The Budget 2017: How Will It Affect Me?

By Ed Reynolds | Thursday 23rd November, 2017

For many, The Budget 2017 is a string of words and acronyms that people neither understand nor care about. It is a one hour speech that usually informs us of how much worse off we will be financially and considering most of us are hundreds of pounds in the minus, the fact that the government talks about billions and trillions of pounds makes us feel like we are part of a glorified game of Monopoly. A game which we will never win and where whoever is the banker keeps stealing money from your pile when you get up to take a piss.

This year’s budget was given beneath a mask of positivity. But what actually came out of the speech and how are we expected to be affected?


The dream of owning our own home has long been the reality of only the few but with the removal of the Stamp Tax, it means that buying a home, in the future could be a possibility. So now, if you are after a home for £300,000 (which let’s be honest, you still won’t find down the back of your couch) you won’t pay this tax. Although it doesn’t really solve the issue of all of us being poor AF and living with our parents or in a shared house with some guy named Jeff who eats two boxes of raw mushrooms for dinner, it shows the housing situation is progressing in the right direction.


Loot’s CEO, Ollie Purdue commented, “Today's budget outlined by the Chancellor was particularly welcome news for younger generations - specifically for those with a dream of one day owning their own house. Shockingly, home ownership for those aged between 25-34 years old stands at just 39%, and real solutions that young people actually felt the impact of were long overdue.”

"The biggest financial worry for those under 35 is affordable housing – in particular raising a sizeable enough deposit to get on the housing ladder. The abolition of stamp duty for first time buyers purchasing a property of up to £300,000, or the first £300,000 of properties up to £50,000, is welcome news for all those dreaming of owning their own home one day. It's particularly good news for those in London where the average stamp duty for a first time buyer sits at over £10,000. It's estimated that change this will save 80% of first time buyers from having to pay any stamp duty at all.”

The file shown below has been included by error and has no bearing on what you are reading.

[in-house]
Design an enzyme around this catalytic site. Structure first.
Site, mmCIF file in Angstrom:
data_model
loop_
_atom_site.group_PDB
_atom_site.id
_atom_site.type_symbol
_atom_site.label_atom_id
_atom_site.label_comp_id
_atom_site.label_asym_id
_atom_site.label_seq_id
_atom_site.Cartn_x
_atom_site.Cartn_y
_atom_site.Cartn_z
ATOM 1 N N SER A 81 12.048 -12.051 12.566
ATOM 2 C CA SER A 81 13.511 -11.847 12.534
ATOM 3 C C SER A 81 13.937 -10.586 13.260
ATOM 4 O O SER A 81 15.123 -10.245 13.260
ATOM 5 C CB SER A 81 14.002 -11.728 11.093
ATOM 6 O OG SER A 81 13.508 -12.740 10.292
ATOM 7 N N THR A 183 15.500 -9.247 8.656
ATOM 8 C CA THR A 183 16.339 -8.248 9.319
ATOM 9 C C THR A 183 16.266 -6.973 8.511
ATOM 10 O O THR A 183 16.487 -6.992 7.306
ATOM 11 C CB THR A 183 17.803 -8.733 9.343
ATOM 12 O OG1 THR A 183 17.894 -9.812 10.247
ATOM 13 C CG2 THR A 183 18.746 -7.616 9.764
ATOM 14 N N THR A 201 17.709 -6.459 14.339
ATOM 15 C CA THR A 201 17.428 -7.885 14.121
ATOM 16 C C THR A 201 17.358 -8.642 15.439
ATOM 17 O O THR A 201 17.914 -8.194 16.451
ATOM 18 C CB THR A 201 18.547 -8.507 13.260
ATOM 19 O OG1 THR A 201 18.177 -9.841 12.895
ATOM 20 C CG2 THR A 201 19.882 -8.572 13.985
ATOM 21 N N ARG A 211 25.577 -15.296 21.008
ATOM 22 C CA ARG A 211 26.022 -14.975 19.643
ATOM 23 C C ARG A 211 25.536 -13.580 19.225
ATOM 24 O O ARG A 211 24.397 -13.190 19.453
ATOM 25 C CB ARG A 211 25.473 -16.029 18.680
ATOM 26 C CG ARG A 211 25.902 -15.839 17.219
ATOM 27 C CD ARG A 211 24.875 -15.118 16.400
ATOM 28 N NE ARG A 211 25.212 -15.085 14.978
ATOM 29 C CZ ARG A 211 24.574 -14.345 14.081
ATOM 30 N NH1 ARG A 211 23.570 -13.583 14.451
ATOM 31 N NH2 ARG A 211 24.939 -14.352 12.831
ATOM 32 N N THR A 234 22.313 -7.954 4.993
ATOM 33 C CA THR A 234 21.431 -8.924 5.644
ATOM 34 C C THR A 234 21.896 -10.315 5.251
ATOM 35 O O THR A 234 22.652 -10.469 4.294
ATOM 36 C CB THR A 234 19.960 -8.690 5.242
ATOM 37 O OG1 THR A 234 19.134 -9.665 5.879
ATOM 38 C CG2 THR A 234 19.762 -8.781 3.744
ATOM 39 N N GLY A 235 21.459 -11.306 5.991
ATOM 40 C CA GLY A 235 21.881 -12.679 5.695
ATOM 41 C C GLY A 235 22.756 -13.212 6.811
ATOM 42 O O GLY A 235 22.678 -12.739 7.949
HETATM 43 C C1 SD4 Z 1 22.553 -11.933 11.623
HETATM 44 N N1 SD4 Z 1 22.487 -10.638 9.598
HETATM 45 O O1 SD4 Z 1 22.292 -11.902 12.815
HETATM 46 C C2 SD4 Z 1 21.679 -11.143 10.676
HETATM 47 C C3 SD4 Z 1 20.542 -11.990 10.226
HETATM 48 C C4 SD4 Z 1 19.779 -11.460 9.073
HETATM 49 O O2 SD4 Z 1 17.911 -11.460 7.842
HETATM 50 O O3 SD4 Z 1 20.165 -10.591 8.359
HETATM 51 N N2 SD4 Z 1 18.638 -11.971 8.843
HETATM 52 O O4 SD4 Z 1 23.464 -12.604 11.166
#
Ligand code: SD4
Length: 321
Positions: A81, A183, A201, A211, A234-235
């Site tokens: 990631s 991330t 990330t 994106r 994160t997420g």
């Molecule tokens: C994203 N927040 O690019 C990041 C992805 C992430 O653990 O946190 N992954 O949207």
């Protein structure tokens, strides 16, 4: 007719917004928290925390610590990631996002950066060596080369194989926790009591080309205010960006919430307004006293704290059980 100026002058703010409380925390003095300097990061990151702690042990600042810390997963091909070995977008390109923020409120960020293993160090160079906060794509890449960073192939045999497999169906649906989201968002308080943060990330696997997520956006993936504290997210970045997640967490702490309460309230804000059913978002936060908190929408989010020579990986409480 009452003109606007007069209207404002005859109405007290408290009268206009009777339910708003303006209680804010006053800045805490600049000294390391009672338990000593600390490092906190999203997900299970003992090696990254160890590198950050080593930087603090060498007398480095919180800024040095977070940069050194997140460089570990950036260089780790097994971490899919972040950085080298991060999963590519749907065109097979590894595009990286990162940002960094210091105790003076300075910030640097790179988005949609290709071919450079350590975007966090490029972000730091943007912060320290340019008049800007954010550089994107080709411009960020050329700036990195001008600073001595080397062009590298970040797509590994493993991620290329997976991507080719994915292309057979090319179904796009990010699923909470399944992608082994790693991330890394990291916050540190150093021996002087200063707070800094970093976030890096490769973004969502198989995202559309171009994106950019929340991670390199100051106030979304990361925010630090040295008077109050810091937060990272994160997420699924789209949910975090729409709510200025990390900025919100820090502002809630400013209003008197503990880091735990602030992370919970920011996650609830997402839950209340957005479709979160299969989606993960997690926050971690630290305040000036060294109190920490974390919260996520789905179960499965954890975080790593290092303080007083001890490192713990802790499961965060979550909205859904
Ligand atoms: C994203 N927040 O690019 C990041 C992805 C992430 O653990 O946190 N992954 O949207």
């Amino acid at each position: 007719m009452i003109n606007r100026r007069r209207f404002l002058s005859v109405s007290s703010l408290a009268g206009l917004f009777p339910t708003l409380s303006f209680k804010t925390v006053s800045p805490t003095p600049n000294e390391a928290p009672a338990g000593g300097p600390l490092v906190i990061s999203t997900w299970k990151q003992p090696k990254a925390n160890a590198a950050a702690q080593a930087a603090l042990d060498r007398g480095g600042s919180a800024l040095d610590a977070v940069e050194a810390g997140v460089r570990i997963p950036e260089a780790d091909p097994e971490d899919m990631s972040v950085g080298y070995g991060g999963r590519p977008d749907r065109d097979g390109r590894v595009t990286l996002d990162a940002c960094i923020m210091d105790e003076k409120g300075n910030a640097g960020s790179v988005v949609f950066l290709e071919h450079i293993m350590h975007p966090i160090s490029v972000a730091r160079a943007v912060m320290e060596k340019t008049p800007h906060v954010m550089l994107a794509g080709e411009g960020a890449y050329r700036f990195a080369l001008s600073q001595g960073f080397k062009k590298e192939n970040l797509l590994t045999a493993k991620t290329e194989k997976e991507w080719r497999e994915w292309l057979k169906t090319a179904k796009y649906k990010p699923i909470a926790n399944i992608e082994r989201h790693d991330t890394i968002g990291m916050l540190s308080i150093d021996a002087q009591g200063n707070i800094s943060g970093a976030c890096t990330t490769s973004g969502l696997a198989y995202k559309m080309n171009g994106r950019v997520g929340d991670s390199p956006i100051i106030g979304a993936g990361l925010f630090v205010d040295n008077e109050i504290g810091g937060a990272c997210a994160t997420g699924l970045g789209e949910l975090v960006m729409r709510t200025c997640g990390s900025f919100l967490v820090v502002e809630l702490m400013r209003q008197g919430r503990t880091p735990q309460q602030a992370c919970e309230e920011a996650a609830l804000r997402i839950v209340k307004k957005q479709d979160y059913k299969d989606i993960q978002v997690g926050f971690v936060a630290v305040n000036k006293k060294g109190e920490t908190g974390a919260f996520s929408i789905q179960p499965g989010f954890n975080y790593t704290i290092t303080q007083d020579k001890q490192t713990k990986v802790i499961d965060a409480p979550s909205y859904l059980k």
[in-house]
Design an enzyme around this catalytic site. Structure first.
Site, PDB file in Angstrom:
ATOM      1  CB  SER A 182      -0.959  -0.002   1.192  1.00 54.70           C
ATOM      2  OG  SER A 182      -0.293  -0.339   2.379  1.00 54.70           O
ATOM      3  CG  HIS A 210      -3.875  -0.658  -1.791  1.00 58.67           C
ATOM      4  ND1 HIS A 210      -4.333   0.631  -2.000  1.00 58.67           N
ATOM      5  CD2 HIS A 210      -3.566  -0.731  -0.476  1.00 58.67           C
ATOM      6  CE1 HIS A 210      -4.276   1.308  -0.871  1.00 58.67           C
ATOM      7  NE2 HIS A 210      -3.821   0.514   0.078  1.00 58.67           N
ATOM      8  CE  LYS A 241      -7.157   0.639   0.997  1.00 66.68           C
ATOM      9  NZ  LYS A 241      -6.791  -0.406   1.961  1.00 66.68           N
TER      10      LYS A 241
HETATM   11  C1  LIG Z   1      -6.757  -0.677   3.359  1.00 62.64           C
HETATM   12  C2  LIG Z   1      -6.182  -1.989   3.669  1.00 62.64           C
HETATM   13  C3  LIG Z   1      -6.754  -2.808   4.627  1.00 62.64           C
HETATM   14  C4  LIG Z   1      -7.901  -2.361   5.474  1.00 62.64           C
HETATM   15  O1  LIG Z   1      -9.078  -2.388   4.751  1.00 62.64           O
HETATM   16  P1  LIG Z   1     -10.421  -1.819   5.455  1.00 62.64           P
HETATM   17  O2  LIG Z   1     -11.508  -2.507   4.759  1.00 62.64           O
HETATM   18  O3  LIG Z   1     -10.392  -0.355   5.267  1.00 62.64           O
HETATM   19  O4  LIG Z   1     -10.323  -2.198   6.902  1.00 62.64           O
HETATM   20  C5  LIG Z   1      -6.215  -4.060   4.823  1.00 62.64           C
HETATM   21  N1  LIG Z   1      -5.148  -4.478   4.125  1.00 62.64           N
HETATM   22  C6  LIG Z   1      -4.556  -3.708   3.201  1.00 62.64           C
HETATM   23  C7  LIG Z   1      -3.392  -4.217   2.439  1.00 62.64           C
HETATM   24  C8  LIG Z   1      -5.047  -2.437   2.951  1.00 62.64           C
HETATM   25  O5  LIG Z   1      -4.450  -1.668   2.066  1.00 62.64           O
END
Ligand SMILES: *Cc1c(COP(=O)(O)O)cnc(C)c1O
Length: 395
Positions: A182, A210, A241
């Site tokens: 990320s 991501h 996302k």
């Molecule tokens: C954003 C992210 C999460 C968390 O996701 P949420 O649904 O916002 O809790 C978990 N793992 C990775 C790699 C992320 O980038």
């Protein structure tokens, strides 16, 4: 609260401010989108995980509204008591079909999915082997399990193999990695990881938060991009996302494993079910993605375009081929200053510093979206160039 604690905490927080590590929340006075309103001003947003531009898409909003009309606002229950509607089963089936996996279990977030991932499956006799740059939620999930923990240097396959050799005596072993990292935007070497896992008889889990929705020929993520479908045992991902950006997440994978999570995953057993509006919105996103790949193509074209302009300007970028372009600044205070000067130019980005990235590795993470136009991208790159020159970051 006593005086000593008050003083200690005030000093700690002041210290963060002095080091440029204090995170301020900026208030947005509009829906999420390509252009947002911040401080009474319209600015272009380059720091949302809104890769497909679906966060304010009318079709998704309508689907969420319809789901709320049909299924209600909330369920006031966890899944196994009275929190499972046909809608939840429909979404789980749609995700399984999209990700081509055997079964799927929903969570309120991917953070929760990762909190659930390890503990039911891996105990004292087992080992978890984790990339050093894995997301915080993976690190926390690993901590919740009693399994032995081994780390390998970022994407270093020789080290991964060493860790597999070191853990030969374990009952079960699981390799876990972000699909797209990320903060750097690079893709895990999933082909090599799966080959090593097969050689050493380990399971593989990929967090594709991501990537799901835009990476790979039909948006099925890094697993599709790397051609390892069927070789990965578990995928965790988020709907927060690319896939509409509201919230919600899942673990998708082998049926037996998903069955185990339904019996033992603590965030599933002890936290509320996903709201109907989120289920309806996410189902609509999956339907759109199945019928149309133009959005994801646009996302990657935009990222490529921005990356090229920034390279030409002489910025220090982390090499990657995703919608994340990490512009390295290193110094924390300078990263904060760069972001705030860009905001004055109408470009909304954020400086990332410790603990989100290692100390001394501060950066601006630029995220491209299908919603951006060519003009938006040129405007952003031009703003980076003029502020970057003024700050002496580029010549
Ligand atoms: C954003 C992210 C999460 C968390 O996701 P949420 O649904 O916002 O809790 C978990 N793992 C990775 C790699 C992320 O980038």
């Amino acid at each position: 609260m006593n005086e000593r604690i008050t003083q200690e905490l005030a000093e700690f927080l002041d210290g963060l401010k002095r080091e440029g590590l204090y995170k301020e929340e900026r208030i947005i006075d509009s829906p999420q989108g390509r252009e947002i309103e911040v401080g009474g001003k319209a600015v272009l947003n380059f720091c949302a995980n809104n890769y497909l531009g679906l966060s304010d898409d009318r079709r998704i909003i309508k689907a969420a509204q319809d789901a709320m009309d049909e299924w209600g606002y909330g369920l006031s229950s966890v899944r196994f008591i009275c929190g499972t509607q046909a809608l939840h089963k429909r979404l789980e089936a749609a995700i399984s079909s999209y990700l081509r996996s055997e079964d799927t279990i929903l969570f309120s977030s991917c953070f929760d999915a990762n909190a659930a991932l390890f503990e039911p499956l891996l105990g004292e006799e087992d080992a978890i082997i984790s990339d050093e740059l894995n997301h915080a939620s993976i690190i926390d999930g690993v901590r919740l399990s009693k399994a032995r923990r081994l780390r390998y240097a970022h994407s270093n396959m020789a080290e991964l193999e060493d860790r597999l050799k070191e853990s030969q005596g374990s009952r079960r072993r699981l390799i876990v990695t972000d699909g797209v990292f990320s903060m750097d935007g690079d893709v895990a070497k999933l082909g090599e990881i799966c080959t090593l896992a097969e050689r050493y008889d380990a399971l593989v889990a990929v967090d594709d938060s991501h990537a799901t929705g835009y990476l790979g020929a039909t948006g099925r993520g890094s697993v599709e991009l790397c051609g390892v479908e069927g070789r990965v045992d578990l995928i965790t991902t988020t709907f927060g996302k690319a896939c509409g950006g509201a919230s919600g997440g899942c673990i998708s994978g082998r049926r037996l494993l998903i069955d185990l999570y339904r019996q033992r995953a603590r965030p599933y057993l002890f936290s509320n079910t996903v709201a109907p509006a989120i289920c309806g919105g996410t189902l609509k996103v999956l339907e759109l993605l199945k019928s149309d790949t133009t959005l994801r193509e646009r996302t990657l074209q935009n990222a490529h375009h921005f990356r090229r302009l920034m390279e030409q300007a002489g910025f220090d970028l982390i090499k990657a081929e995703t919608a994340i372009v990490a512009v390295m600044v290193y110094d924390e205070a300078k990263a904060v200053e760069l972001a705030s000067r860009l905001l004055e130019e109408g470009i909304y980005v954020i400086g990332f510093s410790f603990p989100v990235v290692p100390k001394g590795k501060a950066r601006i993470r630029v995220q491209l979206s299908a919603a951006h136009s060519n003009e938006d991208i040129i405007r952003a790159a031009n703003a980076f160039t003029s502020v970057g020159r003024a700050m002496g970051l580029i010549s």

It’s great news for those partial to a frosty beverage at the end of a hard day’s work because the duty tax has been frozen on wine, beer and most ciders. This will equal 12 whole little pennies off a pint and £1.15 off a bottle of Whiskey by next April- OMFG. So if these aren’t your drinks of choice then you have some soul searching to do before April 2018.


Personal Tax

One of the most important changes in the budget is the change to our tax allowance. From April next year you won’t pay tax on the first £11,850 of your earnings. It might not seem like a big deal but it means you get to spend ever so slightly more of your own money before you get taxed on it. And it’s more great news for those of us who are on minimum wage as this is set to rise to £7.83. So for those working about 40 hours a week you’re looking at an extra 50 quid a month… don’t spend it all at once yeah…

And The Rest

There were several other interesting points raised. Such as the government’s new obsession with mathematicians and their investment in technological advancement which has been triggered by what was called the ‘technological revolution’ (nice one, Elon Musk). More money has been allocated to helping the homeless and those on welfare will see some changes too.

The final change is great news for the over 25’s, as Purdue commented, "the age extension of the discounted rail card is also welcome news for those aged between 26-30. Given that people in the 26-30 age bracket often face similar financial struggles to those aged between 16-25, this change was long overdue and these reduced travel costs will allow young people to utilise their money more in line with what they see fit."